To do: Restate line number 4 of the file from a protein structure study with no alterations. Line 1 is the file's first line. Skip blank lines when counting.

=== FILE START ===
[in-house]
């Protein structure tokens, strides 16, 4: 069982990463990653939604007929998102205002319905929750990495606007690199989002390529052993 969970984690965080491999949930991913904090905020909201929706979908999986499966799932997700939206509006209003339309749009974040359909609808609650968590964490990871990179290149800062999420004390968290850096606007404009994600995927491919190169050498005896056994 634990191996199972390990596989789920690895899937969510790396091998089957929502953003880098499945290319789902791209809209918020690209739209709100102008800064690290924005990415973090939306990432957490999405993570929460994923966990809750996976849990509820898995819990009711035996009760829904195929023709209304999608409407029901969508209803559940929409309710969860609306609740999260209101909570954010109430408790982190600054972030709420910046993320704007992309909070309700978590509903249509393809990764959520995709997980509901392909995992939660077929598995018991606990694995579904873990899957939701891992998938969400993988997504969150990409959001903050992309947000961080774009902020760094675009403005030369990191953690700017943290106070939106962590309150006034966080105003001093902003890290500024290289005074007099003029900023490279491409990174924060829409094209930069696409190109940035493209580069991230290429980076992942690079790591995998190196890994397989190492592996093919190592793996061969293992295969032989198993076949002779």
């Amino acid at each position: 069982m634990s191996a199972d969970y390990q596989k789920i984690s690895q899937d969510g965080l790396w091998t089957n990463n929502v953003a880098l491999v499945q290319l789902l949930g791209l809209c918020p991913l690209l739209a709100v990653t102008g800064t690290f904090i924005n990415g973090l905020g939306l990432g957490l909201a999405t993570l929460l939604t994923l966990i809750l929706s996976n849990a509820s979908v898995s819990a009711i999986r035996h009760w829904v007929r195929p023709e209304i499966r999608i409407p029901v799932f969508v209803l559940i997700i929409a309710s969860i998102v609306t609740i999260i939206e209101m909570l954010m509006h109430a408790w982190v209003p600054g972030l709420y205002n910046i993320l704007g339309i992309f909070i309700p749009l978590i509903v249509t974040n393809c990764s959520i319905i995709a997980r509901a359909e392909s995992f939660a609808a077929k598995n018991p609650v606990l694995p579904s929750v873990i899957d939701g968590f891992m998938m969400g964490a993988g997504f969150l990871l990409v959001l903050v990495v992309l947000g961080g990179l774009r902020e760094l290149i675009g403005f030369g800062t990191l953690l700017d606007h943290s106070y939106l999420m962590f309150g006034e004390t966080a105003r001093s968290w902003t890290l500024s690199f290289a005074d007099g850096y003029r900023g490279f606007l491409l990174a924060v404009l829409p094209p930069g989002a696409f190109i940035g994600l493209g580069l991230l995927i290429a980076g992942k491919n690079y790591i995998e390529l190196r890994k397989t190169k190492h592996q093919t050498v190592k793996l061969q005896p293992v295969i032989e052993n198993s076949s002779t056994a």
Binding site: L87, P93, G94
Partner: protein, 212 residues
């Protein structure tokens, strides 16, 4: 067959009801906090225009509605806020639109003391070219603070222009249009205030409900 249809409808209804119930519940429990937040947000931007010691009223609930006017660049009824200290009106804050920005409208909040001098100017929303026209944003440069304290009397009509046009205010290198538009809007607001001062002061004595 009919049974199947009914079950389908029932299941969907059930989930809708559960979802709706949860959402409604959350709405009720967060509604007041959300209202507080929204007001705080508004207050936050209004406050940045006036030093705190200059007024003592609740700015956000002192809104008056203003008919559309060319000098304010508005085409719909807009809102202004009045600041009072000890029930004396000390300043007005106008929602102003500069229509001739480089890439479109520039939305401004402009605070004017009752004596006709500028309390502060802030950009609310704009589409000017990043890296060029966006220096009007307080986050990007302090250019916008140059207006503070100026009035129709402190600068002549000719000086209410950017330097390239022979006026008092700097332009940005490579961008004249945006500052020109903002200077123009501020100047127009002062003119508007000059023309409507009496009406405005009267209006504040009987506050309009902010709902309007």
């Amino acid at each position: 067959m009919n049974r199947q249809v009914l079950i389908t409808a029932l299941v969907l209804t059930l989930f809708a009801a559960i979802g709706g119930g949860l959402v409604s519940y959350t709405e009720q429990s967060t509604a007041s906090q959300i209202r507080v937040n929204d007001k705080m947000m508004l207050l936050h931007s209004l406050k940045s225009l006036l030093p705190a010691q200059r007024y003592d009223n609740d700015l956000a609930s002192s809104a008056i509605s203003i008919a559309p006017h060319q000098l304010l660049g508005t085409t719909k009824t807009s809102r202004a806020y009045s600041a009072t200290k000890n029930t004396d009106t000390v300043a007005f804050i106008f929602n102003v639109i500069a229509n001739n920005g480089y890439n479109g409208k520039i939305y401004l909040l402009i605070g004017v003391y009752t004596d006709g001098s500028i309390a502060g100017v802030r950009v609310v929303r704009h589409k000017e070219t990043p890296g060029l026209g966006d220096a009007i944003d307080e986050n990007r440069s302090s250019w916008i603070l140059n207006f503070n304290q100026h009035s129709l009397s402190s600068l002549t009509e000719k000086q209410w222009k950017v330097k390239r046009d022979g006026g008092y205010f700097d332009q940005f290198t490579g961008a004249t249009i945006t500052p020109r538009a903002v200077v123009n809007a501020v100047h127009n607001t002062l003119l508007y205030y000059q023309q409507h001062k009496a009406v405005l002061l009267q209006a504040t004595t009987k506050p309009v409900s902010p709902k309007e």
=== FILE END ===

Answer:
Binding site: L87, P93, G94